An apology from the descendant of one of Liverpool’s biggest slave owners
Plus: We hear from more sources about Blue Coat — and how will HS2 cuts impact us?
Dear readers — it's been quite the weekend for us. On Saturday we published Part One of what was meant to be a two-part investigation into a series of scandals at the highly prestigious Blue Coat School in Wavertree.
However, before we could publish Part Two, Merseyside Police informed us that a 55-year-old man — presumed to be the school’s recently-sacked assistant headteacher Nick Barends — had been arrested “on suspicion of rape and sexual activity in the presence of a child” earlier this year.
We exclusively broke that news yesterday, but have had to put Part Two on hold for the time being. As we explained in yesterday’s edition, when someone is arrested, criminal proceedings are considered to be “active”, which greatly limits what can be said about them in public. We should have been given that information by the police when we spoke to them on Friday, but as soon as we received it, we had to change our plans and we hope you understand that.
Merseyside Police are currently appealing for witnesses regarding the case and have urged anyone with information to come forward. If you know anything that might be relevant, you can get in touch with the police via the contacts we listed in our story.
In today’s big story we ask: should the government follow in Liverpool’s footsteps and take accountability for the slave trade? In addition to that, we’ve got:
Which government minister is telling porkies according to Metro Mayor Steve Rotheram?
A renowned comedy sketch group comes to town
Our recommended reads including a fantastically funny piece from our friends over at The Fence
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The kind of reporting we have done on the Bluecoat story is both expensive and time-consuming — it involves getting on the phone with people for countless hours in order to corroborate key claims and disprove others. Sometimes those calls have to happen late at night or on the weekend. Sometimes they require an editor to look over a reporter’s notes to give a second opinion or speak to a lawyer to get advice. This weekend’s developments provide a pretty good example of why a company doing this kind of journalism needs the money to pay for lawyers and outside advice.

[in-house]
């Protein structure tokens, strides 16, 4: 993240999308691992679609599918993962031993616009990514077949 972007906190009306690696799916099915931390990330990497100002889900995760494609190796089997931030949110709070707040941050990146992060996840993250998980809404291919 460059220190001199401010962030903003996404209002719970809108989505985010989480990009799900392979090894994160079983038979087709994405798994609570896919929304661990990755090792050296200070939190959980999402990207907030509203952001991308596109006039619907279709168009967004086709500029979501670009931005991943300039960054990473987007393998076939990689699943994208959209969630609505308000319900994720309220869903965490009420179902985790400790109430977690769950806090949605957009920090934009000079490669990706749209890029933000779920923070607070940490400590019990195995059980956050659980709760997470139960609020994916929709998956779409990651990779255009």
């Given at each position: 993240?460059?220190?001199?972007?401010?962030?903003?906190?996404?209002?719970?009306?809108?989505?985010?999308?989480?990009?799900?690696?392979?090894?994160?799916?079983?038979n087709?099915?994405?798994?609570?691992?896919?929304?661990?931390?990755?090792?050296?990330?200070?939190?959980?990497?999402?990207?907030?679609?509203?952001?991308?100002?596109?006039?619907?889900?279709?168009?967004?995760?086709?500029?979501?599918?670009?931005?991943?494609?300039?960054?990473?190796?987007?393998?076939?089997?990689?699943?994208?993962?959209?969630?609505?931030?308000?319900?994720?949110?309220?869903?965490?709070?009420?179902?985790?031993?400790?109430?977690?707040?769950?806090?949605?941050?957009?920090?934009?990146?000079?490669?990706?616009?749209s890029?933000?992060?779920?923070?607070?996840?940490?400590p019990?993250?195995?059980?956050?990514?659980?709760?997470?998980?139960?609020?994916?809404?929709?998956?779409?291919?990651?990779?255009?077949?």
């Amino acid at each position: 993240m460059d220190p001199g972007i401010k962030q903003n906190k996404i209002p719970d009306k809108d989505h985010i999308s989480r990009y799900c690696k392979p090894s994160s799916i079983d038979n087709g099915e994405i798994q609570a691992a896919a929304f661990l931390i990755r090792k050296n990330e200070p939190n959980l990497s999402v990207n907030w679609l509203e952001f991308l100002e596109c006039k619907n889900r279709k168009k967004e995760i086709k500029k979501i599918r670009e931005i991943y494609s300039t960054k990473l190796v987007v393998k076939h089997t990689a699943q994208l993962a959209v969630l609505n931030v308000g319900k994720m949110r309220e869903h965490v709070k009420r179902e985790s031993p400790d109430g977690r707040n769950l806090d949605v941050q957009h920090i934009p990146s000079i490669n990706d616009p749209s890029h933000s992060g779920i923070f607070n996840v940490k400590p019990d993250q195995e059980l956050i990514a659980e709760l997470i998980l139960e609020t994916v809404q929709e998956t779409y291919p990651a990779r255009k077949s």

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Part One of our Blue Coat investigation has also prompted numerous ex-staff and pupils to reach out to us. If you would like to share any further information please email email@example.com. All tips will be treated confidentially.
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This week’s weather
Tuesday 🌧️ Light rain and a moderate breeze, highs of 19C
Wednesday 🌬️ Gusty winds and heavy rain, highs of 17C
Thursday 🌧️ Light rain and a moderate breeze, highs of 18C
Friday ☀️ Sunny intervals and a moderate breeze, highs of 17C
Weekend ☀️ Sunny and a gentle breeze, highs of 19C
This week’s weather forecast is sourced from BBC Weather and it’s for Liverpool.
The big story: Should the government follow Liverpool’s lead and apologise for its slave trade connections?
Top line: A descendant of a Liverpool slave trader says Prime Minister Rishi Sunak is “completely wrong” for refusing to apologise for the UK’s involvement in the slave trade. Entrepreneur Charlie Gladstone, the great-great-great grandchild of Liverpool merchant John Gladstone, said he is “profoundly ashamed” of his ancestor — who was one of the largest slave owners in the British West Indies — and has encouraged the government to acknowledge its role in the trade.
Context: John Gladstone — the father of Liverpool politician and Prime Minister William Gladstone — held mortgages over 2,508 enslaved Africans in Guyana and Jamaica in the 19th Century, and was paid more than £100,000 in compensation for his ‘loss’ after slavery was abolished. Mr Gladstone visited Guyana last month to apologise to the descendants of slaves, condemning the trade as a "crime against humanity" and setting up a charity to pay reparations.